Civics without a country?
August 22nd, 2012
In the latest issue of Academic Questions–the quarterly journal of the National Association of Scholars—WSPWH editor Diana Schaub asks what happens when we as a nation try to teach citizenship education without recognizing that citizenship necessarily entails attachment to a particular country. Responding to the National Task Force on Civic Learning and Democratic Engagement’s report A Crucible Moment: College Learning & Democracy’s Future, Schaub notes that the report emphasizes “the need for civic learning to permeate education from start to finish.” But, unlike previous calls for civic education–by Thomas Jefferson, for example–the Task Force continually evokes the word “democracy,” but does not recognize that ours is a “representative” one. The proposed education, she writes, “is a civics that is not rooted in the actual ground of the civitas.”
Another sign of the report’s alienation from American politics is the downplaying of the nation-state. There is much talk of “local and global generative partnerships” and “transformative” alliances, but the United States itself is oddly absent. This is not a civics that has as one of its aims the fostering of national loyalty. “Patriotism” is another word that never appears. While Jefferson himself certainly advocated the importance of small-scale community (as in his system of “ward” democracy), and while he also expressed world-encompassing humanitarian sentiments, he felt no embarrassment in speaking of our duties to our country. One has the distinct impression that the authors of A Crucible Moment regard patriotism as atavistic. Theirs is a “national call” for global engagement and global citizenship.”
My own wish would be for a civic education at once more patriotic (especially, but not only, in early schooling) and more philosophic, particularly in its willingness to interrogate democracy. Such an education would challenge the assumption that if democracy is good, more democracy is better. It would explore the deficiencies of democracy and how a democratic republic, through its institutions, corrects those deficiencies. It would inquire into the status of excellence in an egalitarian order.
I suspect that the civic ignorance of the young is more a result of their indifference than a failure on the part of their teachers to present the basics of American history and government. We won’t succeed in dispelling that apathy without first fostering love of country. While we need more care for the formation of the heart, heart alone is not enough. Especially at the high school and college levels, civic education must be interwoven with a truly liberal education (liberal not in any ideological sense, but in the Socratic sense). This is not an altogether easy or tension-free combination, and it certainly wasn’t even possible in the democracies of the ancient world—Athenian civic indoctrination had little tolerance for the questions raised by Socrates. Happily, the American version of democracy has from the beginning been able to combine affection and reflection. In a wonderful passage rediscovered by a college student of my acquaintance (who possesses just this sort of full heart and fine mind), John Quincy Adams spells out the moral and intellectual effects of reverence for the American past. Respect for our forebears “excites…interest in their history, attachment to their characters, concern for their errors, involuntary pride in their virtues.” We can be attached and proud, while still inquiring and critical.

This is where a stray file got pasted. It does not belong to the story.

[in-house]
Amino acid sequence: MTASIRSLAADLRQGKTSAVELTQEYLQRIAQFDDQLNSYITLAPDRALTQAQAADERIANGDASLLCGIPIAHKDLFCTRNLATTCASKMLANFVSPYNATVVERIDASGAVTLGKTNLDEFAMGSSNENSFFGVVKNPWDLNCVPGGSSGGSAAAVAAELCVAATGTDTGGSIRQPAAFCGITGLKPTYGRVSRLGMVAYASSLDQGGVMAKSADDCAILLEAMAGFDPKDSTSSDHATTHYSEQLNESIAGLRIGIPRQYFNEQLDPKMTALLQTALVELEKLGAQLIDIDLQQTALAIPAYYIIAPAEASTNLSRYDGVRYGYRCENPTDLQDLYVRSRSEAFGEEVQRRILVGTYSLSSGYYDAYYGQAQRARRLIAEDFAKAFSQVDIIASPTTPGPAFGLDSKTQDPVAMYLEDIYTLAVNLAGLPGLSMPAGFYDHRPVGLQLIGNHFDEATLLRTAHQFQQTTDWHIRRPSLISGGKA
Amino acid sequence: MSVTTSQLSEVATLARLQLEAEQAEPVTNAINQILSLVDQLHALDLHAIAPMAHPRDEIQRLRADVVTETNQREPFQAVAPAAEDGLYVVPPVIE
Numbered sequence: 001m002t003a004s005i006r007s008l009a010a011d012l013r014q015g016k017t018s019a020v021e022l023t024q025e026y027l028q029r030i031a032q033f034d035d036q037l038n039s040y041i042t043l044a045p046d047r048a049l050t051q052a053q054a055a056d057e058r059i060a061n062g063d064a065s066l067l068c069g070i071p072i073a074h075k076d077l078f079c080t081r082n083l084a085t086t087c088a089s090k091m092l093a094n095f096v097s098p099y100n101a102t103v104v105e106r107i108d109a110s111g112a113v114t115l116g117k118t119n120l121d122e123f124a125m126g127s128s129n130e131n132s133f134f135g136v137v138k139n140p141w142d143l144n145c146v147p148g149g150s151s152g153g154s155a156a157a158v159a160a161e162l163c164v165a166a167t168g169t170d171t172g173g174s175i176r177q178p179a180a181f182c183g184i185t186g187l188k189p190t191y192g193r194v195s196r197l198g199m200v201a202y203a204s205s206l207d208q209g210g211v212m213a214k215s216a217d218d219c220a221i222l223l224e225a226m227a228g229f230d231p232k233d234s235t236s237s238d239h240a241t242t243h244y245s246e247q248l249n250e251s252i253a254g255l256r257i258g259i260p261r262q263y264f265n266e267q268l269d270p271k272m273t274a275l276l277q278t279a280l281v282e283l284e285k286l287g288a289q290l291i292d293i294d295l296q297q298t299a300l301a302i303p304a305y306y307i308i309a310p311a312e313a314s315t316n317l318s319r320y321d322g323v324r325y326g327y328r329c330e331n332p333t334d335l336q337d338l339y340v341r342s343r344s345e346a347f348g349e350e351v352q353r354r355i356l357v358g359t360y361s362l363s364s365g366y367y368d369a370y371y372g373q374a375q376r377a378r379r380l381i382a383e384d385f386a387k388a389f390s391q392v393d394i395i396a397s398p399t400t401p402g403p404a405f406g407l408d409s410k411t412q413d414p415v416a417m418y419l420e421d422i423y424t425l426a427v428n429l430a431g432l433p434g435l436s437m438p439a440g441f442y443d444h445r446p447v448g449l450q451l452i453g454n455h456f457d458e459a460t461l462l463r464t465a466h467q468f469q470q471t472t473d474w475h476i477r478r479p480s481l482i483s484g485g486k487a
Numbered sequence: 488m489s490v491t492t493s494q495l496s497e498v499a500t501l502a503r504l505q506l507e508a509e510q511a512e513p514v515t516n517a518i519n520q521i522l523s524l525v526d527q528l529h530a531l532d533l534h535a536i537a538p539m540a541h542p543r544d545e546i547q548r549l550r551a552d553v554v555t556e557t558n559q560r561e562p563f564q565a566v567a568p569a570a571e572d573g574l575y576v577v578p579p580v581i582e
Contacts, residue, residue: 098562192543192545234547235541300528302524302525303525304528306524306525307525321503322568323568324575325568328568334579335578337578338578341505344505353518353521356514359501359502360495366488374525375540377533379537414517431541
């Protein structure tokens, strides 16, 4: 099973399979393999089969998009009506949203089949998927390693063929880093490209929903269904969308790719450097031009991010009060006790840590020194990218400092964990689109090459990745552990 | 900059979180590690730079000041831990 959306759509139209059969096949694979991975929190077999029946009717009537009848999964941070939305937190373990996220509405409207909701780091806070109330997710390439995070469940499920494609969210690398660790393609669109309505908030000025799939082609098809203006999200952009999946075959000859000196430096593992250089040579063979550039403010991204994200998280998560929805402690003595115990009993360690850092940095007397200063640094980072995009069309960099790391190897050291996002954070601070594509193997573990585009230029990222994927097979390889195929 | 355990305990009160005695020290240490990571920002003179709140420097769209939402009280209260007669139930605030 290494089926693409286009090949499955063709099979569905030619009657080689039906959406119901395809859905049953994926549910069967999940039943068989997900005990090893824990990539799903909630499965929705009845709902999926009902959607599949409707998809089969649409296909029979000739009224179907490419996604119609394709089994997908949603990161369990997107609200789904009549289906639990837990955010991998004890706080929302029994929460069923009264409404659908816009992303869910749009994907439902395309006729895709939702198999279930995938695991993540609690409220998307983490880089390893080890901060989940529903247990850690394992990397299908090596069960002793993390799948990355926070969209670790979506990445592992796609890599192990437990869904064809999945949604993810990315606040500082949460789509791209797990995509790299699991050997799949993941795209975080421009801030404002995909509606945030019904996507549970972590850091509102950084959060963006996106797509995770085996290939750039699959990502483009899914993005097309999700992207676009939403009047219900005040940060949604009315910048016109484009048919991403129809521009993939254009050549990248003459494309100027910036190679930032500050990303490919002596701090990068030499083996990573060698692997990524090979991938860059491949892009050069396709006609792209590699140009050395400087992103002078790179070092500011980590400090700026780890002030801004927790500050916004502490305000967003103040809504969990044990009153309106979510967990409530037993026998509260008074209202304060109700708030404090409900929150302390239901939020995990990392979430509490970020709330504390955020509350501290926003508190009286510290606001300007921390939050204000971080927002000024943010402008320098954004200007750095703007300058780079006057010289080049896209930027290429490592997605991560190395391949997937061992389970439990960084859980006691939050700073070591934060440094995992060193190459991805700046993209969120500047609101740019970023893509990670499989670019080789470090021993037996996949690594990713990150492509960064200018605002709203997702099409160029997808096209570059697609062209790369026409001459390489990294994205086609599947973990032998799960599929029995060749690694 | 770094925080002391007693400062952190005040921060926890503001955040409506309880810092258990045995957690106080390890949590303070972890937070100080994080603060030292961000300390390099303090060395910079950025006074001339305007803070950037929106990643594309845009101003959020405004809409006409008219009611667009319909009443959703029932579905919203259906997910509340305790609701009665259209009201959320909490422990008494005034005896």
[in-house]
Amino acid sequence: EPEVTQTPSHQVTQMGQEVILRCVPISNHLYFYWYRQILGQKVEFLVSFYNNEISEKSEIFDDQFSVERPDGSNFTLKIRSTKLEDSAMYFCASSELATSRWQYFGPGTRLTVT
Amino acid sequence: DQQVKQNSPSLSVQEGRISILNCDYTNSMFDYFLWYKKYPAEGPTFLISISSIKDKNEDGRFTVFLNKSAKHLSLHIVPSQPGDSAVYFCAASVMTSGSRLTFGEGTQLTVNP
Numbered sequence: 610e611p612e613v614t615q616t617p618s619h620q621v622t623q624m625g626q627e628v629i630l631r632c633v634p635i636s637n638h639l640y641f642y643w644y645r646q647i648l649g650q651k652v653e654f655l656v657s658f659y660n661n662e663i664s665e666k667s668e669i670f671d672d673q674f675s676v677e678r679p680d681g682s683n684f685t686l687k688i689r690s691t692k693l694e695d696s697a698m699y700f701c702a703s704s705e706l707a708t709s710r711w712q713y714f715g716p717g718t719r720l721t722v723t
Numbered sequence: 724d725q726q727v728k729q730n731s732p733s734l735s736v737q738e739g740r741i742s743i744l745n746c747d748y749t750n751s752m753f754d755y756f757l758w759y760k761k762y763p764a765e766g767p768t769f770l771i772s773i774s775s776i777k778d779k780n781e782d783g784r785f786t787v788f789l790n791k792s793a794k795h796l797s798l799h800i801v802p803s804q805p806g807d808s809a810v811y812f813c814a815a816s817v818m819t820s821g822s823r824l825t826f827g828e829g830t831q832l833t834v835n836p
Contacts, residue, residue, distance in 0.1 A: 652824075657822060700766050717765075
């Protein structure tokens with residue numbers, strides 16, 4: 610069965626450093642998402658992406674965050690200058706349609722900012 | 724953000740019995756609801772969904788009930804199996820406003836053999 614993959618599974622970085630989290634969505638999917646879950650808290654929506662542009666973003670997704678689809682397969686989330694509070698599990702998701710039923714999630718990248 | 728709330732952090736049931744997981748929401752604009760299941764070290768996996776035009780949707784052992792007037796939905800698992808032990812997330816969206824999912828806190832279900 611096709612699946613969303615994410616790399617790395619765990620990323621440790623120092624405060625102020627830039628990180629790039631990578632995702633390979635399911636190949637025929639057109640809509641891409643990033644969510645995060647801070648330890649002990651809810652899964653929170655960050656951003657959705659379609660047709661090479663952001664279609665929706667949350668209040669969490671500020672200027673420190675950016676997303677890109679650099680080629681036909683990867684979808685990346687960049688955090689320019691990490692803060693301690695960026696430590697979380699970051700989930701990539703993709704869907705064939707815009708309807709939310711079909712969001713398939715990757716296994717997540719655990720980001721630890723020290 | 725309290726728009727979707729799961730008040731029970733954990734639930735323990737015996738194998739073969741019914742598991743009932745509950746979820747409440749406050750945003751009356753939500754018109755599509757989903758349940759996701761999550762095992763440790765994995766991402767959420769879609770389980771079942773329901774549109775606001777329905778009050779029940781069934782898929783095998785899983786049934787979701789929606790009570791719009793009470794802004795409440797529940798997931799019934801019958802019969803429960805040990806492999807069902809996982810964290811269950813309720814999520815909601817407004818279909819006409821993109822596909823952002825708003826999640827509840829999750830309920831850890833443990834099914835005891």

For an example of civic education inspired by a dialogue between heart and head, I would offer What So Proudly We Hail: The American Soul in Story, Speech, and Song. This anthology (and the linked curriculum at www.whatsoproudlywehail.org) which I helped assemble along with my co-editors Amy and Leon Kass, invites students, and all Americans, to experience and explore the many elements of their American identity through the medium, primarily, of imaginative literature. From Nathaniel Hawthorne to Willa Cather, from Herman Melville and Mark Twain to Alice Walker, John Updike, Ralph Ellison, and Wallace Stegner, America’s creative masters have crafted lively and multilayered depictions of the American creed and character, achieving compelling, and often competing, visions of this American life of ours. With the hope of e pluribus unum in view, we welcome readers to share in the enjoyment and discussion of our national heritage of stories, speeches, songs, and symbols.
Read the rest of Schaub’s essay here.
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Tags: civic education, Diana Schaub